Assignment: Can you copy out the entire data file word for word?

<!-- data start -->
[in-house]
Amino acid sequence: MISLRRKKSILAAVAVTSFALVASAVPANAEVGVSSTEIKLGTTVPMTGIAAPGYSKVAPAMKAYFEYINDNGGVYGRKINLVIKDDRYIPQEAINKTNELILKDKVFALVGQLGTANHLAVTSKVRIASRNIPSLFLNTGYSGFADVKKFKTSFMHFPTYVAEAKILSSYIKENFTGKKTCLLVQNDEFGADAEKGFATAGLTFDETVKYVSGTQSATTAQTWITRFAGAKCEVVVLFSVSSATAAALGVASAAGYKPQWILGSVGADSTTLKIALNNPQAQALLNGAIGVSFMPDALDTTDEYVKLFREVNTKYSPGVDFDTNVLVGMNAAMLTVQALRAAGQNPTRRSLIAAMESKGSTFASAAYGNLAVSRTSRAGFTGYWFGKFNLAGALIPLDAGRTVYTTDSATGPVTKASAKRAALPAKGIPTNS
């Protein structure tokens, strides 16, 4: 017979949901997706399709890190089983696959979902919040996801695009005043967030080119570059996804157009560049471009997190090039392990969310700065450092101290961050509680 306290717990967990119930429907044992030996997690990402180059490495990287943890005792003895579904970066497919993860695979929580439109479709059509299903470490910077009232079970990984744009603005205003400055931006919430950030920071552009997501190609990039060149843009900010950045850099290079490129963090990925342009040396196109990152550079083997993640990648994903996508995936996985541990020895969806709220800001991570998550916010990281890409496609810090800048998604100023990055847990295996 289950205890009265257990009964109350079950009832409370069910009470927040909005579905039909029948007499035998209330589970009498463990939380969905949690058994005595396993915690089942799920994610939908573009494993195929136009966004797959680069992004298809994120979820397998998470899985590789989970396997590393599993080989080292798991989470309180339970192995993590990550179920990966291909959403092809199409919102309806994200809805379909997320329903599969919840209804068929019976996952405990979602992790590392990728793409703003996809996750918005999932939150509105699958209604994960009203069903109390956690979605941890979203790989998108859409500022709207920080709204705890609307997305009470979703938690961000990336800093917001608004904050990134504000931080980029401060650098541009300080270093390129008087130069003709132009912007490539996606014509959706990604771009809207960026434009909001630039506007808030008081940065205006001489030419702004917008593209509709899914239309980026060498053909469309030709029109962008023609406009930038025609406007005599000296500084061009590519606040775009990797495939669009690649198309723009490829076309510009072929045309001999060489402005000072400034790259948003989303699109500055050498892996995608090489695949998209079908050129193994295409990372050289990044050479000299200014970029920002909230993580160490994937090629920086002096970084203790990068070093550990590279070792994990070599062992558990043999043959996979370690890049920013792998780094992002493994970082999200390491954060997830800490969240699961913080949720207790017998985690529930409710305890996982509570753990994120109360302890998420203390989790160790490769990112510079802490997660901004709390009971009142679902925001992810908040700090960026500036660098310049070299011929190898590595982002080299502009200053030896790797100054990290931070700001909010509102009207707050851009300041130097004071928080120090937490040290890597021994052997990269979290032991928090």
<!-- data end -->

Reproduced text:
[in-house]
Amino acid sequence: MISLRRKKSILAAVAVTSFALVASAVPANAEVGVSSTEIKLGTTVPMTGIAAPGYSKVAPAMKAYFEYINDNGGVYGRKINLVIKDDRYIPQEAINKTNELILKDKVFALVGQLGTANHLAVTSKVRIASRNIPSLFLNTGYSGFADVKKFKTSFMHFPTYVAEAKILSSYIKENFTGKKTCLLVQNDEFGADAEKGFATAGLTFDETVKYVSGTQSATTAQTWITRFAGAKCEVVVLFSVSSATAAALGVASAAGYKPQWILGSVGADSTTLKIALNNPQAQALLNGAIGVSFMPDALDTTDEYVKLFREVNTKYSPGVDFDTNVLVGMNAAMLTVQALRAAGQNPTRRSLIAAMESKGSTFASAAYGNLAVSRTSRAGFTGYWFGKFNLAGALIPLDAGRTVYTTDSATGPVTKASAKRAALPAKGIPTNS
């Protein structure tokens, strides 16, 4: 017979949901997706399709890190089983696959979902919040996801695009005043967030080119570059996804157009560049471009997190090039392990969310700065450092101290961050509680 306290717990967990119930429907044992030996997690990402180059490495990287943890005792003895579904970066497919993860695979929580439109479709059509299903470490910077009232079970990984744009603005205003400055931006919430950030920071552009997501190609990039060149843009900010950045850099290079490129963090990925342009040396196109990152550079083997993640990648994903996508995936996985541990020895969806709220800001991570998550916010990281890409496609810090800048998604100023990055847990295996 289950205890009265257990009964109350079950009832409370069910009470927040909005579905039909029948007499035998209330589970009498463990939380969905949690058994005595396993915690089942799920994610939908573009494993195929136009966004797959680069992004298809994120979820397998998470899985590789989970396997590393599993080989080292798991989470309180339970192995993590990550179920990966291909959403092809199409919102309806994200809805379909997320329903599969919840209804068929019976996952405990979602992790590392990728793409703003996809996750918005999932939150509105699958209604994960009203069903109390956690979605941890979203790989998108859409500022709207920080709204705890609307997305009470979703938690961000990336800093917001608004904050990134504000931080980029401060650098541009300080270093390129008087130069003709132009912007490539996606014509959706990604771009809207960026434009909001630039506007808030008081940065205006001489030419702004917008593209509709899914239309980026060498053909469309030709029109962008023609406009930038025609406007005599000296500084061009590519606040775009990797495939669009690649198309723009490829076309510009072929045309001999060489402005000072400034790259948003989303699109500055050498892996995608090489695949998209079908050129193994295409990372050289990044050479000299200014970029920002909230993580160490994937090629920086002096970084203790990068070093550990590279070792994990070599062992558990043999043959996979370690890049920013792998780094992002493994970082999200390491954060997830800490969240699961913080949720207790017998985690529930409710305890996982509570753990994120109360302890998420203390989790160790490769990112510079802490997660901004709390009971009142679902925001992810908040700090960026500036660098310049070299011929190898590595982002080299502009200053030896790797100054990290931070700001909010509102009207707050851009300041130097004071928080120090937490040290890597021994052997990269979290032991928090």